We ordinarily associate fire with devastation, a barely controllable force that overtakes everything in its path. The metaphor is used throughout Matthew Heineman and Susan Froemke’s Escape Fire: The Fight to Rescue American Healthcare, which screened before a sold-out crowd of over 300 people Wednesday night at the Chilmark Community Center. The showing was followed by two lengthy discussion sessions nearly the duration of the film itself (the documentary is 95 minutes long).
But within any fire are also the seeds for regrowth and renewal. And if people are able to break free of established practices — the film’s title comes from an anecdote about a firefighter who literally built a fire to save himself from a blaze — there is also the potential for escaping what appears inevitable.
It was this take-action mood of optimism that prevailed during the discussion sessions, which featured Mr. Heineman and Dr. Donald Berwick, a former Harvard medical school professor and president and CEO of the Institute for Healthcare Improvement, who appears in the film. The duo first answered questions about the movie itself and health care on a national scale before focusing the discussion on Vineyard issues. The talk was moderated by film festival organizers Thomas Bena and Brian Ditchfield.
“We were interested in having this discussion to see what people could suggest about helping to shift [practices] in our local community,” Mr. Bena explained to the audience, as the second discussion began.
“I think there are two statistics that really struck me in making the film,” Mr. Heineman said during the talk. “The first is that 75 per cent of health care costs go to [treating] preventable diseases.” Twenty per cent of patients, nearly all with chronic diseases, take up 80 per cent of health care costs, he added.
Escape Fire, even as it paints a stark picture of the current health care system — weaving its staggering statistics around the narratives of subjects Dr. Erin Martin and Sgt. Robert Yates — spends a good portion of the film addressing solutions. Research testing — and proving — the importance of wellness and lifestyle, as well as the positive effects of alternative medicine such as acupuncture, is highlighted, as are specific hospitals such as the Cleveland Clinic in Ohio, which is physician-owned and less subject to the restrictions of federal reimbursement.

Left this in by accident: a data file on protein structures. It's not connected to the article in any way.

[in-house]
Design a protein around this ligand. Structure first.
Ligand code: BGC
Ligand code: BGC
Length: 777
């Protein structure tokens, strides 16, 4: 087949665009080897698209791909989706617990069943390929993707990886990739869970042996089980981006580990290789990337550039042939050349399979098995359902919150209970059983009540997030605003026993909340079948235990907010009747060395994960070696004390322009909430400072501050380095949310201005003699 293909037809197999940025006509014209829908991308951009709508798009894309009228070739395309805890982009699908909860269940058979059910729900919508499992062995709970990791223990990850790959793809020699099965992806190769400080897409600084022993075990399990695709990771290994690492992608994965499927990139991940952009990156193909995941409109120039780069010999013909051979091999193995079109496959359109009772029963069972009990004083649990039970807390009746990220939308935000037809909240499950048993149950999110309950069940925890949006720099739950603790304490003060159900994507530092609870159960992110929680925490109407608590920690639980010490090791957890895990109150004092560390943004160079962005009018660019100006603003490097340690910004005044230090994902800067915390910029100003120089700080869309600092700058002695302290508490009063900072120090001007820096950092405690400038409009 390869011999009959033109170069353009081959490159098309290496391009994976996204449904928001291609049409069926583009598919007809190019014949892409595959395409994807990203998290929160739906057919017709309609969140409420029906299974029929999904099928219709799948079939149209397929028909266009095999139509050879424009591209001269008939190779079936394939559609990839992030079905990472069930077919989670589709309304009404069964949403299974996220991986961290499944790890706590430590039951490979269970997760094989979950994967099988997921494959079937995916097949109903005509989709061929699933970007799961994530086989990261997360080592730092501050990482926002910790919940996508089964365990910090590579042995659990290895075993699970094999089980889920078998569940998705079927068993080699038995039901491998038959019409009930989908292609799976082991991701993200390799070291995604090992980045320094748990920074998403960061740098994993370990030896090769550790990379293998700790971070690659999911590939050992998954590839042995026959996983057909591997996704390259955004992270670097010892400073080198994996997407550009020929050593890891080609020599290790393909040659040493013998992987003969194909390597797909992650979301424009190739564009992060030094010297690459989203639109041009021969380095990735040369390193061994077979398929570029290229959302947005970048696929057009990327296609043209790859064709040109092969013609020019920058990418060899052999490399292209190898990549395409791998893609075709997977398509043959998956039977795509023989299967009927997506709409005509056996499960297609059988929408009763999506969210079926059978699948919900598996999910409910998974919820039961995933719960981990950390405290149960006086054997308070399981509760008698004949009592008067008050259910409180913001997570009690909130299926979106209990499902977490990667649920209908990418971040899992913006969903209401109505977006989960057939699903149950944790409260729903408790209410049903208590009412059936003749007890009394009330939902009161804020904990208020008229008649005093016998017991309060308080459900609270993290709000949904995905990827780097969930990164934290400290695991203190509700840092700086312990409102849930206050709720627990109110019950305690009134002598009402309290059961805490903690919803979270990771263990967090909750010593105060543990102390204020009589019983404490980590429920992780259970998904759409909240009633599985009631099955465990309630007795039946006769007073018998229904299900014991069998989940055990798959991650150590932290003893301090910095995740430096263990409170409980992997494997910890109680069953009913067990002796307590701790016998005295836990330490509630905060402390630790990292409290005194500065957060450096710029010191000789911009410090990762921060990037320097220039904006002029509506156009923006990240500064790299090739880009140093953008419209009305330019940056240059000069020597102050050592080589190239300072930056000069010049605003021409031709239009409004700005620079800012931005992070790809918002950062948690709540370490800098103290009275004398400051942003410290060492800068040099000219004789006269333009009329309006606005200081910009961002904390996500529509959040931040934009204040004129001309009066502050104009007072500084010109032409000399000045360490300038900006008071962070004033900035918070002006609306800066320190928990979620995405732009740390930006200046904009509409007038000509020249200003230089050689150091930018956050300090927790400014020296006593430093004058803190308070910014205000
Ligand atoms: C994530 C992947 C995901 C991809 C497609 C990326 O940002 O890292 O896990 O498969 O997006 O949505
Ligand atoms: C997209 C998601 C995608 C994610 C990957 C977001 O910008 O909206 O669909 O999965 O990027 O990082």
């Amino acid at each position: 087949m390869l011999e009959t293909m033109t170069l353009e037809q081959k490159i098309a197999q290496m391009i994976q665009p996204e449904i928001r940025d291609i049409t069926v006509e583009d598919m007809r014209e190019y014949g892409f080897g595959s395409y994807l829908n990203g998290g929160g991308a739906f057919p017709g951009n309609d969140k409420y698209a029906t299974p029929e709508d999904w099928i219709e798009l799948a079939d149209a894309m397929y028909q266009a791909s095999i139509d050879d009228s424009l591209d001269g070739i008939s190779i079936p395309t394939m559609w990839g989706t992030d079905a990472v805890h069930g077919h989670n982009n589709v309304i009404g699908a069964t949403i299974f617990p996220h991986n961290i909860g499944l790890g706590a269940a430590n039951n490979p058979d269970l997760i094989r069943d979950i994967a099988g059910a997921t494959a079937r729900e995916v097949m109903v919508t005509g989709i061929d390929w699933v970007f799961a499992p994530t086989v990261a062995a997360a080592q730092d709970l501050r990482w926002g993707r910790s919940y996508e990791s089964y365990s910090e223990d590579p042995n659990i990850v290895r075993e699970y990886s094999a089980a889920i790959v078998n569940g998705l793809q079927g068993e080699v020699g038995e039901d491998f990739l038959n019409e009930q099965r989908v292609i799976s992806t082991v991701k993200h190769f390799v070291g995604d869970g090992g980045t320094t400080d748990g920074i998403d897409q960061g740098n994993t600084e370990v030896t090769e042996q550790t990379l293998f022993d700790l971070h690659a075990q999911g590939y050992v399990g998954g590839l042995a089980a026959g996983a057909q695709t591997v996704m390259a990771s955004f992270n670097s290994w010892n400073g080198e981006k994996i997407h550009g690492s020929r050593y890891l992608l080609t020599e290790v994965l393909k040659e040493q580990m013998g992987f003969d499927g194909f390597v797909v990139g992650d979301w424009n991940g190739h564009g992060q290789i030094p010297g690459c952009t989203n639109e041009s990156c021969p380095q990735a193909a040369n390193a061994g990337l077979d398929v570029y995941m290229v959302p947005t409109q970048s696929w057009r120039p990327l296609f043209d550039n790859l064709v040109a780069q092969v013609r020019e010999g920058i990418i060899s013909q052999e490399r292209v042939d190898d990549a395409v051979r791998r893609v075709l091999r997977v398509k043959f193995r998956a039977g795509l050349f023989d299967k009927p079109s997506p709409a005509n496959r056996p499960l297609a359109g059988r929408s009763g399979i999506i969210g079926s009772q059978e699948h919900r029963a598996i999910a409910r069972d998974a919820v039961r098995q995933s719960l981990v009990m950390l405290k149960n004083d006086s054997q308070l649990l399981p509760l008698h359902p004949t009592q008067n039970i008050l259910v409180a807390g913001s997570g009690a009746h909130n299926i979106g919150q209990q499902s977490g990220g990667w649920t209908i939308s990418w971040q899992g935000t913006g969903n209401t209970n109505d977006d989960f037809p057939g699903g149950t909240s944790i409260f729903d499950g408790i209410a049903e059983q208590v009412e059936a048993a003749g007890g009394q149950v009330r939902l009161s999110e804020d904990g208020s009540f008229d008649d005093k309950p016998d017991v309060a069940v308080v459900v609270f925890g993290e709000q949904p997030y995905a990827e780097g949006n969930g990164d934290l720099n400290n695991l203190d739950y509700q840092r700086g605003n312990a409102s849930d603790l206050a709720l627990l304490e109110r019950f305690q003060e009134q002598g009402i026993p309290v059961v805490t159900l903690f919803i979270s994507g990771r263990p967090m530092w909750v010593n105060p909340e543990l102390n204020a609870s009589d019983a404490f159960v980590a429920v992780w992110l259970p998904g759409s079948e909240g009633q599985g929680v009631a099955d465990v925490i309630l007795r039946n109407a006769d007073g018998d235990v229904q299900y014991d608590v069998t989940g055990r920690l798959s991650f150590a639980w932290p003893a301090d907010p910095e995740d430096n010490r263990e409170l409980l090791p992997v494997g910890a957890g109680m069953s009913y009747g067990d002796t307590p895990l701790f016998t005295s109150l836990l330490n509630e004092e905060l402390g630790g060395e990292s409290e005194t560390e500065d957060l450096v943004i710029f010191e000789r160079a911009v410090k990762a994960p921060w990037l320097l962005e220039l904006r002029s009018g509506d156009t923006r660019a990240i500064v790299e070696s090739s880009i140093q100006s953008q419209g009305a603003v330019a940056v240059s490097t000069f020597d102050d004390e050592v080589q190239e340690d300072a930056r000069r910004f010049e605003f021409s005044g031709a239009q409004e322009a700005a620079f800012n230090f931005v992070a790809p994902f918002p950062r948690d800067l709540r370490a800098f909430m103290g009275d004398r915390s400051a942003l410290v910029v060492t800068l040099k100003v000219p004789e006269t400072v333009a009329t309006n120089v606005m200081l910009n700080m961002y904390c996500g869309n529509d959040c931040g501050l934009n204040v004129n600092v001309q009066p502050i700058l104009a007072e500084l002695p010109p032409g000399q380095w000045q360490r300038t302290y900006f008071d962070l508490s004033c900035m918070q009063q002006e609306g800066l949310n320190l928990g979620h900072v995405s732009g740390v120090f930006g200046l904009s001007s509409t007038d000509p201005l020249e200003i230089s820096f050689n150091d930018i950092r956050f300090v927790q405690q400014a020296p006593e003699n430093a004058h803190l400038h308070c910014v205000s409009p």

“Team-based care with a strong primary care base — that’s the hallmark of systems throughout the world, and we need to get there,” Dr. Berwick said.
Dr. Berwick said he saw the seeds of change coming from small yet concerted efforts on the local scale.
“I don’t think the designs are going to come from Washington . . . don’t hold your breath,” he said. “What I’m excited about is what I’m starting to see in some states, including our own . . . I think it’s going to come down to communities, which is a bit romantic, but possible.”
“Communities . . . it’s their money. They [should] decide on the care they want,” he continued. “You probably want what I want, which is continuity and a sense of teamwork . . . to be told to sit quietly while the system works on me is just wrong.”
He cited the example of the Nuka health care system, used by Alaska natives in Anchorage. That system has a focus on prevention, Dr. Berwick said, and is owned by the tribal corporation, allowing for much more flexibility and personalization when it comes to deciding how a health care budget is created. Since the system was adopted, hospital use has fallen 53 per cent.
“The community literally is the owner of the system, and I think that’s a very good system,” he said.
Audience members brought up the topics of alternative medicine, the role of technology in health care, and how change could be funded.
“You have to think in population terms — what does the [given] population need?” Dr. Berwick said, stressing the importance of a holistic system, not one made up of individual, disconnected pieces. Physicians, nurse practitioners, specialists, acupuncturists, chiropractors — all should be working together for a common goal.
“I do think there’s a dearth of people looking at the human being as a holistic, integrated, interconnected organism,” Mr. Heimeman said. “Disease occurs in many different aspects of life.”
“What I’ve found in the last three years of making this film is that institutions that create a culture of health and a culture of wellness succeed,” he said. In the case of Sergeant Yates, Mr. Heineman noted, it wasn’t just the medical treatments and therapies he received that helped his recovery — “It was the care, the love, the people surrounding him.”
As the session drew to a close, concern arose over how to continue the health care conversation on the Vineyard.
“There’s a huge conversation we need to have,” said Dukes County health council member Rex Jarrell. “I think we do have the human capital in this community [to succeed].”
Mr. Bena and Mr. Ditchfield said they would work to create a follow-up discussion space online where the dialogue could live on.
“I walked into this room thinking an escape fire was something you lit on a mountainside,” audience member Patrick Phillips told the group. “And now I know that an escape fire is something I light within myself . . . so we take this fire with us and we can take care of each other, and understand this conversation is something we have to keep with us.”